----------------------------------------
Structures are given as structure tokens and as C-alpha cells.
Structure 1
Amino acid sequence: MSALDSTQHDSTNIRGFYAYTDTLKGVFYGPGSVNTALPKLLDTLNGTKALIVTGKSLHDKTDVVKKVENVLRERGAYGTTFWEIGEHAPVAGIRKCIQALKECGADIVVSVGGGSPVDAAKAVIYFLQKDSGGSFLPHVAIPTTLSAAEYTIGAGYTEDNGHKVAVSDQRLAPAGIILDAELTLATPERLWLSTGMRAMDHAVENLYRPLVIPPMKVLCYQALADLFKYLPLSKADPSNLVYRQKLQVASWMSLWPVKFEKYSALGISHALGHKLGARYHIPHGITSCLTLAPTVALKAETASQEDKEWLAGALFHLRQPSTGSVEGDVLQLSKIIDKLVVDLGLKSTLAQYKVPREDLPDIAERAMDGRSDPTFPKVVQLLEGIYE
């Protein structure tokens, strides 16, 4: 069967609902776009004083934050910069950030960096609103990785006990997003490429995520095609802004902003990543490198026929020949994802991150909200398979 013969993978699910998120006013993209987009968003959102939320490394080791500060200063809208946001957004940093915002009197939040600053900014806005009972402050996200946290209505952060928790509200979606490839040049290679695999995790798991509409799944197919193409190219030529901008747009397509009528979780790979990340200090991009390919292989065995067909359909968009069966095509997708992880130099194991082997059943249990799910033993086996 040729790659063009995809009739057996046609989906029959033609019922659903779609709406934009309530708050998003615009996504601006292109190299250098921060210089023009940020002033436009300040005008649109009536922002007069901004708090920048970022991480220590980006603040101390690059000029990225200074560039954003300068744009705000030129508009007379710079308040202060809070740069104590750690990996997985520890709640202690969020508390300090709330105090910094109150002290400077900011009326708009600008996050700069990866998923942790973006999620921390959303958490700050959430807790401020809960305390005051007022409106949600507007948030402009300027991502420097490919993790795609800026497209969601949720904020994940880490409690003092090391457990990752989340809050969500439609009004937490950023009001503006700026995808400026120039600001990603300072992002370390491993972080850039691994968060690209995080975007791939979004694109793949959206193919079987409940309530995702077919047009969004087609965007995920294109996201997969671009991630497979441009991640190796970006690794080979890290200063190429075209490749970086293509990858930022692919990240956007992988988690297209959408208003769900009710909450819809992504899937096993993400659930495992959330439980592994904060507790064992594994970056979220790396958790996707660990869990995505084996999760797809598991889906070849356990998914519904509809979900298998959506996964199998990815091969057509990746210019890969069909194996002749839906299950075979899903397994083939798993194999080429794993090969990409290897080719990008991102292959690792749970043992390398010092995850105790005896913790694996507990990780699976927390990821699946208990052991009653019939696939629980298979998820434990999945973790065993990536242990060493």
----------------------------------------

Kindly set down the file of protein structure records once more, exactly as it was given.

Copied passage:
Structures are given as structure tokens and as C-alpha cells.
Structure 1
Amino acid sequence: MSALDSTQHDSTNIRGFYAYTDTLKGVFYGPGSVNTALPKLLDTLNGTKALIVTGKSLHDKTDVVKKVENVLRERGAYGTTFWEIGEHAPVAGIRKCIQALKECGADIVVSVGGGSPVDAAKAVIYFLQKDSGGSFLPHVAIPTTLSAAEYTIGAGYTEDNGHKVAVSDQRLAPAGIILDAELTLATPERLWLSTGMRAMDHAVENLYRPLVIPPMKVLCYQALADLFKYLPLSKADPSNLVYRQKLQVASWMSLWPVKFEKYSALGISHALGHKLGARYHIPHGITSCLTLAPTVALKAETASQEDKEWLAGALFHLRQPSTGSVEGDVLQLSKIIDKLVVDLGLKSTLAQYKVPREDLPDIAERAMDGRSDPTFPKVVQLLEGIYE
């Protein structure tokens, strides 16, 4: 069967609902776009004083934050910069950030960096609103990785006990997003490429995520095609802004902003990543490198026929020949994802991150909200398979 013969993978699910998120006013993209987009968003959102939320490394080791500060200063809208946001957004940093915002009197939040600053900014806005009972402050996200946290209505952060928790509200979606490839040049290679695999995790798991509409799944197919193409190219030529901008747009397509009528979780790979990340200090991009390919292989065995067909359909968009069966095509997708992880130099194991082997059943249990799910033993086996 040729790659063009995809009739057996046609989906029959033609019922659903779609709406934009309530708050998003615009996504601006292109190299250098921060210089023009940020002033436009300040005008649109009536922002007069901004708090920048970022991480220590980006603040101390690059000029990225200074560039954003300068744009705000030129508009007379710079308040202060809070740069104590750690990996997985520890709640202690969020508390300090709330105090910094109150002290400077900011009326708009600008996050700069990866998923942790973006999620921390959303958490700050959430807790401020809960305390005051007022409106949600507007948030402009300027991502420097490919993790795609800026497209969601949720904020994940880490409690003092090391457990990752989340809050969500439609009004937490950023009001503006700026995808400026120039600001990603300072992002370390491993972080850039691994968060690209995080975007791939979004694109793949959206193919079987409940309530995702077919047009969004087609965007995920294109996201997969671009991630497979441009991640190796970006690794080979890290200063190429075209490749970086293509990858930022692919990240956007992988988690297209959408208003769900009710909450819809992504899937096993993400659930495992959330439980592994904060507790064992594994970056979220790396958790996707660990869990995505084996999760797809598991889906070849356990998914519904509809979900298998959506996964199998990815091969057509990746210019890969069909194996002749839906299950075979899903397994083939798993194999080429794993090969990409290897080719990008991102292959690792749970043992390398010092995850105790005896913790694996507990990780699976927390990821699946208990052991009653019939696939629980298979998820434990999945973790065993990536242990060493």